Mary Eli was born May 21st, 1797 in Powel’s Valley, Lee county, Virginia and in 1805 her father, Adam Eli, came to the White Water Valley and entered the farm now owned by Boon Laud on Richland Creek, near Clifton. On the night of January 6, 1806, he camped with his family on their land in the midst of an unbroken forest stretching in the far, far distant everywhere, on every hand an almost impenetrable wilderness, with trees upturned or broken off and the ground covered with snow to a considerable depth. And here they lived, isolated and alone, until the next spring, their neighbors being few and far between. Their first acquaintance was James Levingston (Leviston) who had settled where John Osborn now lives above Dunlapsville. On his first visit to them learned that they had an aged lady—the Mother of Mr. Eli—living with them, he prevailed on her to accompany him to his cabin home and at the expiration of one week little Mary mounted a horse and started through the trackless forest to find the place and bring her grandmother home, which feat she accomplished with little or no difficulty. Early in the year 1807 they sold their possessions on Richland Creek and bought and settled on the lands now owned by Eli Pigman, building their cabin where the Squire’s residence now stands. Here also, they found but a sparse settlement, amongst who were the following persons: John Templeton on the farm now owned by John F. Templeton, John Manley at Quakertown, William Cunningham, on the Bennett Osborn farm, now owned by William Brown and William Aldridge, on the fractional section now occupied by the widow Thomas. In the summer of the same year he also erected and work in the first blacksmith show, built with the present boundaries of Union county, and here again little Mary takes a prominent part, this time as a blower and striker at the forge and anvil of her father, nor was she ashamed to be thus employed, for the arduous labor with the innumerable difficulties incident to the new settlement, of providing for the wants and comforts of a family so occupied the time of her father, that she cheerfully submitted to the force of circumstances, not only working in the house, in the field or shop, but willingly going long journeys through a tract of country with dense undergrowth, almost impassable, with northing to guide her but the rude Indian trails and section lines. Was grain to be ground to make bread for the family? Mary mounted on one horse and leading another, laden with commodity, was sent to Hamilton (Ohio) or Lawrenceburg (Indiana) for needed supply, and all the iron, steel and stock used in her father’s show was brought by her on a pack-horse from Hamilton, there being no houses or roads east of the farm now owned by L. P. Cully, until she reached the settlements on the Miami river. When the twelve mile purchase came into the market, and was thrown open for settlement, her father bought land just across the line, procuring the money for that purpose from the sale of stock bells of his own make, Mary being his only assistant.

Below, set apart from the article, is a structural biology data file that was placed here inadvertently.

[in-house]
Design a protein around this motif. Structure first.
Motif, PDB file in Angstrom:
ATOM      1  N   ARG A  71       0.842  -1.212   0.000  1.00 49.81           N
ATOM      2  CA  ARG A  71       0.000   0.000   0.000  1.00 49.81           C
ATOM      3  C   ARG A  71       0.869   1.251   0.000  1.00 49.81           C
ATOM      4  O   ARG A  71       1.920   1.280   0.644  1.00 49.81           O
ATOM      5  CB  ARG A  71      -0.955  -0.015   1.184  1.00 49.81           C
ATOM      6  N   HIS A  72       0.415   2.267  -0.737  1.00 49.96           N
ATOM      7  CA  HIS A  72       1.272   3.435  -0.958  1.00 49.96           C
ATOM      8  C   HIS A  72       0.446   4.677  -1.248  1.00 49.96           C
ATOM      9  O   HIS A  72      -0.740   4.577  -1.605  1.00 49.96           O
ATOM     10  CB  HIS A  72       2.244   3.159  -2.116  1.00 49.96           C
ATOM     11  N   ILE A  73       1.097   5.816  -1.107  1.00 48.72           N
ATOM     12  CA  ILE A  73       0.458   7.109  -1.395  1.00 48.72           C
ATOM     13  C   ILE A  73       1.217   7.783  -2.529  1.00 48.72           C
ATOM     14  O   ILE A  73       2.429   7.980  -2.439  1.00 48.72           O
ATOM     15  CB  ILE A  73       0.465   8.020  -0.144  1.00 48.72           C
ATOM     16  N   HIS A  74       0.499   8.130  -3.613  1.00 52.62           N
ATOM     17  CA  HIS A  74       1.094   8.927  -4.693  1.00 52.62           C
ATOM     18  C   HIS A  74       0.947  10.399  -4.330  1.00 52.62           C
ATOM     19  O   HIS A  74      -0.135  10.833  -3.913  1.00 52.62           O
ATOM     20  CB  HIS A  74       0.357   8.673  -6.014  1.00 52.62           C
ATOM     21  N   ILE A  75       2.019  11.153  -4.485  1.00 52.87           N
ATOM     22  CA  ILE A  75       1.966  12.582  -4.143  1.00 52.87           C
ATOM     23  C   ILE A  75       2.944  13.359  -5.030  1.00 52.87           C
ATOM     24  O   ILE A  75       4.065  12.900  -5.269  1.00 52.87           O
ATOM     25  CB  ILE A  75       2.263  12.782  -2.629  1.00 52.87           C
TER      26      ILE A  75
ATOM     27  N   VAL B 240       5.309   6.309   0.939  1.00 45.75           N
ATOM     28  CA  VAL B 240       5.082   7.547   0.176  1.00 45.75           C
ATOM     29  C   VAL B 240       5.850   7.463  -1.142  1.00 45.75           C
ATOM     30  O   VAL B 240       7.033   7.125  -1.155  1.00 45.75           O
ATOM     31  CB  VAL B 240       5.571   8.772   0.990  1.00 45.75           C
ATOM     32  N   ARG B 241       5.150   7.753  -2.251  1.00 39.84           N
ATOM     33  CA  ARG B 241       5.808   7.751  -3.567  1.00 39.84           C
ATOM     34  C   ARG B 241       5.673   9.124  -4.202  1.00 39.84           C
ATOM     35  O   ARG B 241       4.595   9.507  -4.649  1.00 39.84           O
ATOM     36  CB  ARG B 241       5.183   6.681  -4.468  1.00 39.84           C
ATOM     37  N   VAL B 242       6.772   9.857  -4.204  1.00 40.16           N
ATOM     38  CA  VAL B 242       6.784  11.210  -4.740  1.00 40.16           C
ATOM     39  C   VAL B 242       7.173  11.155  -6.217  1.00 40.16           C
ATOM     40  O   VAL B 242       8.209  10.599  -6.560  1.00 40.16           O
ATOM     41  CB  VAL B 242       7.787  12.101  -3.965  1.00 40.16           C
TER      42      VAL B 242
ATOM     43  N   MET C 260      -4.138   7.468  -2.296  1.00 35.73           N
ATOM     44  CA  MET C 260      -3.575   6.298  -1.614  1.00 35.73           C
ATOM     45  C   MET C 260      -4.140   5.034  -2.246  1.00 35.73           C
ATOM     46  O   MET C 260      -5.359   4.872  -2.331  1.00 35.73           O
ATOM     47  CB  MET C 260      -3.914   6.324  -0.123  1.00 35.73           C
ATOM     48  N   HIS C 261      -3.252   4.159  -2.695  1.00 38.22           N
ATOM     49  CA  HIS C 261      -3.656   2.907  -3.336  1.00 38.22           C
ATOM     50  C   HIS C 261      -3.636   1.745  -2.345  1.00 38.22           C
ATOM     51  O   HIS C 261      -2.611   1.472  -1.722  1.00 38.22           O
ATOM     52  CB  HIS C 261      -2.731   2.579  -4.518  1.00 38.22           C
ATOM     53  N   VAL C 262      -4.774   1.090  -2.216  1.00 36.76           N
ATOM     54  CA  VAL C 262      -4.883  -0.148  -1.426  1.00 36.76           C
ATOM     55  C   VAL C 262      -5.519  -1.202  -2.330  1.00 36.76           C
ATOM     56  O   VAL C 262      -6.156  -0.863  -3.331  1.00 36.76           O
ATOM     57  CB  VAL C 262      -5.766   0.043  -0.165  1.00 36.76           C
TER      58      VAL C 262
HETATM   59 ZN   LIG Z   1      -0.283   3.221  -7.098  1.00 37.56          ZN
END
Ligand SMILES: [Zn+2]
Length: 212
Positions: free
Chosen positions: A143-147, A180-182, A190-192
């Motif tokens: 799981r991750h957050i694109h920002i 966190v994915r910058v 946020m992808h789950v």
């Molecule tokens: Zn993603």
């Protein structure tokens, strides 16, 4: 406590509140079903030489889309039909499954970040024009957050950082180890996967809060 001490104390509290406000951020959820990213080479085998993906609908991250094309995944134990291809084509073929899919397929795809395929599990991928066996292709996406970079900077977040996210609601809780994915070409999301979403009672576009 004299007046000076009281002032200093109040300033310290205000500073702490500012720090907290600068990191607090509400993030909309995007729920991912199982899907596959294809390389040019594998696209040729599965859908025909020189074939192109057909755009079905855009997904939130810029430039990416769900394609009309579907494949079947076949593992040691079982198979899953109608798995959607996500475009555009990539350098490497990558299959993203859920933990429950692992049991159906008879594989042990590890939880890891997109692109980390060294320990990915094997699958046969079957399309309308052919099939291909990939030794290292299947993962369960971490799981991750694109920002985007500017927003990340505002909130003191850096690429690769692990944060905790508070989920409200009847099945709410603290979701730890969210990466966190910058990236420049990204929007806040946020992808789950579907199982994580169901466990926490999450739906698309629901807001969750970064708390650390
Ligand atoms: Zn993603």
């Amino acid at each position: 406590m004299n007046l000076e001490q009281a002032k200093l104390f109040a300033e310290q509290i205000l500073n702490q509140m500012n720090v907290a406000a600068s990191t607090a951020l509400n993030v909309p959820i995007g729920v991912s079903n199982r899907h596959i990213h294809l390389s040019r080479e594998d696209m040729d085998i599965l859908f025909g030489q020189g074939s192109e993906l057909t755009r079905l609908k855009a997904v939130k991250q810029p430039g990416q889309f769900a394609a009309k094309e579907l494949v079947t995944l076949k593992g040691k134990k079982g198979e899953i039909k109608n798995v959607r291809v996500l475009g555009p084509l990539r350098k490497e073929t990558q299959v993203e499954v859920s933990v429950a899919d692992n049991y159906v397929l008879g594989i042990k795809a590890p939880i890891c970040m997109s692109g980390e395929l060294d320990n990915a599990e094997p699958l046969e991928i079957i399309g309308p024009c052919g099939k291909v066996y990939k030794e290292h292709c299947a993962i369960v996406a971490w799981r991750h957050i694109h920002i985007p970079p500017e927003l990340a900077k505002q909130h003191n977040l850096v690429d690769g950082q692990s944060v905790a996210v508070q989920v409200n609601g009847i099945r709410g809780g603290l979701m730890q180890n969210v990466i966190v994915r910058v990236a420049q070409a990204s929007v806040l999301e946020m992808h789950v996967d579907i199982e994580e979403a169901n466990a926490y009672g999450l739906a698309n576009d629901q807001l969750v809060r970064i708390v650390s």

And thus she worked ever in sympathy with others, whilst her young life was budding and ripening into womanhood, scattering daisies, violets and June weather wherever she went, scarcely heeding that the days were weaving themselves into months, and months were folding themselves into years, until the fourth of November 1815, when she was led to the hymeneal alter by the husband with whom she lived for more than three score years.